Determinants of seeking treatment for substance use problems among Hispanics versus non-Hispanic whites
Substance abuse and dependence are common problems among the general population, but individuals with alcohol and substance use disorders (SUD), including Hispanics, generally underutilize mental health treatment. This study evaluated factors related to the underutilization of treatment services by Hispanics in the U.S. including demographics, resources, and illness variables. The study utilized the National Epidemiologic Survey of Alcohol and Related Conditions (NESARC) dataset. Analyses were conducted on 2,919 non-Hispanic white and Hispanic respondents who met criteria for a current SUD. These respondents were categorized according to whether they recognized a need for treatment. Those who did recognize the need for treatment were categorized according to whether or not they obtained treatment. Chi-square analyses revealed that non-Hispanic whites were less likely than Hispanics to recognize a need for treatment. Logistic regression analyses indicated that individuals with less than a high school education were more likely to recognize a need for treatment than those who completed high school. Furthermore, those who were widowed, divorced, or separated were more likely to recognize a need for treatment than those who were married or living together. Those with no insurance, or Medicare, Medicaid, or Veterans Administration (VA) coverage were more likely to recognize a need for treatment than those with private insurance, as were respondents who were unemployed. Illness severity also predicted recognizing the need for treatment: those with substance abuse were less likely than those with substance dependence, and those with no comorbid mental illness were less likely than those with a comorbid mental illness. Descriptive analyses revealed that non-Hispanic whites were significantly more likely to obtain treatment than Hispanics, as were respondents who were widowed, divorced, or separated. Logistic regression analyses indicated that respondents who met criteria for substance abuse were more likely to utilize treatment than those with substance dependence. This study isolated factors that impact treatment-seeking behavior among Hispanics, and might be useful in designing interventions to increase mental health service utilization for alcohol and substance use problems.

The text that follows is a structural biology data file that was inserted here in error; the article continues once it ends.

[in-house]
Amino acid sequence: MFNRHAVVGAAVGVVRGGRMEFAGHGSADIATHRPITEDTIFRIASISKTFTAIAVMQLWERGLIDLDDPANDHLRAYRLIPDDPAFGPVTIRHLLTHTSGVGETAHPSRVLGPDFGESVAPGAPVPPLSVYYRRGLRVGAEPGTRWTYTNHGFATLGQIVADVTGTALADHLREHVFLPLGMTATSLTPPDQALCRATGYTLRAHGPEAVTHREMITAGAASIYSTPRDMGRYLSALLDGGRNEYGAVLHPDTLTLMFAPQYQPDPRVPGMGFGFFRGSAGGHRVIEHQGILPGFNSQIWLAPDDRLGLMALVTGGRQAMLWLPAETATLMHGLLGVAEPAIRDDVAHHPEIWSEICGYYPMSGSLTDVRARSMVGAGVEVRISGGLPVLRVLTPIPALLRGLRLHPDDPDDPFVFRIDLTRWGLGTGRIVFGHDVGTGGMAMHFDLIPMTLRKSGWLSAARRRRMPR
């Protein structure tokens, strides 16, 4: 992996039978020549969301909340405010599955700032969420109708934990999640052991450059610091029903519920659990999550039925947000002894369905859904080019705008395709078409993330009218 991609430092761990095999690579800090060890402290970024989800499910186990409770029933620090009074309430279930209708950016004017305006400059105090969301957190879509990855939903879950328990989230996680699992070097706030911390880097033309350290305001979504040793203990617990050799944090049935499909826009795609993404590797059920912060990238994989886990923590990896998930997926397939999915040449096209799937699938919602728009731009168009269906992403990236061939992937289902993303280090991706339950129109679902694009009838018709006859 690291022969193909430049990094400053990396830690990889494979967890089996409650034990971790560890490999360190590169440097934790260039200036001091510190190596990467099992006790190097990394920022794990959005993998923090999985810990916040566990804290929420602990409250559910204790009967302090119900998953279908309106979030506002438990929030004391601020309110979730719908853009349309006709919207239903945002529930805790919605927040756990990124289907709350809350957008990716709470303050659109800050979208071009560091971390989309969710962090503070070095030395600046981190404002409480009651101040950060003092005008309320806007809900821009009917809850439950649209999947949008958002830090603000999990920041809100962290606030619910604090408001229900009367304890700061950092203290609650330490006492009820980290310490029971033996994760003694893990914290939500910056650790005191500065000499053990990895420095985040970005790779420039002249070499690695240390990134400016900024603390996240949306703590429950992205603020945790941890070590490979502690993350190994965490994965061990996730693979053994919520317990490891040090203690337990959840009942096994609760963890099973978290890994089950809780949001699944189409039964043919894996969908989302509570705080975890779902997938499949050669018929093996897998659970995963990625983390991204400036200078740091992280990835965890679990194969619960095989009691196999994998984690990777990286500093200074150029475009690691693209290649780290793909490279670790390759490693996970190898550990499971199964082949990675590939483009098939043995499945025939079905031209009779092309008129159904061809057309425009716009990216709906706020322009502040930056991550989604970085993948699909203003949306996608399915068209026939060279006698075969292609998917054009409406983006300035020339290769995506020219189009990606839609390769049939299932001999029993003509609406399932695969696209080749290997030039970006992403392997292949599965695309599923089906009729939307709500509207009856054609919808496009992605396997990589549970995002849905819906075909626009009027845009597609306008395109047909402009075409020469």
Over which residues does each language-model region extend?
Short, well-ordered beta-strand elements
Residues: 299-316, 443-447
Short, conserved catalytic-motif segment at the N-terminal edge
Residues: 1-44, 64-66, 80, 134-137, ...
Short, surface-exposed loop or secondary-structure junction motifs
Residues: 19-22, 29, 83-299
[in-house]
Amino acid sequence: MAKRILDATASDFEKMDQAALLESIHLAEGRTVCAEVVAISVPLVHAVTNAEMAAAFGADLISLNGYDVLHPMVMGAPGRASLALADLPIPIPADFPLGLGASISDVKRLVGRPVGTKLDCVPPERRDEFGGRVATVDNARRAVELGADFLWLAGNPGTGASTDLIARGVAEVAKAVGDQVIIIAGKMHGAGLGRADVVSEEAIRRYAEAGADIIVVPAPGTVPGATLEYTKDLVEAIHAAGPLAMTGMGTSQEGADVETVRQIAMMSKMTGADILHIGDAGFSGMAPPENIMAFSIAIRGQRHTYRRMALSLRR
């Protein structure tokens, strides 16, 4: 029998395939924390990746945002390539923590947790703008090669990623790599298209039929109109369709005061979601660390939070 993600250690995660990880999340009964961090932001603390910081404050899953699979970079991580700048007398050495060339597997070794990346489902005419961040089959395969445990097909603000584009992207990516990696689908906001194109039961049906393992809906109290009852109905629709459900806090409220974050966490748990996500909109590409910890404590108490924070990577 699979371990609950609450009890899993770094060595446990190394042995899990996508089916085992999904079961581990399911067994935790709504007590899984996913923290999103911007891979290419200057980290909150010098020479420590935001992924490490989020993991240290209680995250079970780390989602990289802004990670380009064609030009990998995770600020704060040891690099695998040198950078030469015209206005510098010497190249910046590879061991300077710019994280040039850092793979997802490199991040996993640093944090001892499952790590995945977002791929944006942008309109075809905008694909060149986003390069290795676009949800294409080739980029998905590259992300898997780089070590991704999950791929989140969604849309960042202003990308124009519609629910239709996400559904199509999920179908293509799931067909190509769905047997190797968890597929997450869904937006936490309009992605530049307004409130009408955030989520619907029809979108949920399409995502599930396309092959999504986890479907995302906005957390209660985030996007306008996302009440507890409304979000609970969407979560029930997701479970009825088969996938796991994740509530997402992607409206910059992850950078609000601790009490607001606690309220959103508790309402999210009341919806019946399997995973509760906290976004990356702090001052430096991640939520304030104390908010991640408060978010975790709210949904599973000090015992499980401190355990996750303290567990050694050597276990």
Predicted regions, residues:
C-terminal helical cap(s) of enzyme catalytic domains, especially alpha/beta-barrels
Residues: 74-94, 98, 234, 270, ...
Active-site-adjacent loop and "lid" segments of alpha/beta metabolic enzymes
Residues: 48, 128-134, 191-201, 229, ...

"Determinants of seeking treatment for substance use problems among Hispanics versus non-Hispanic whites"
(January 1, 2008).
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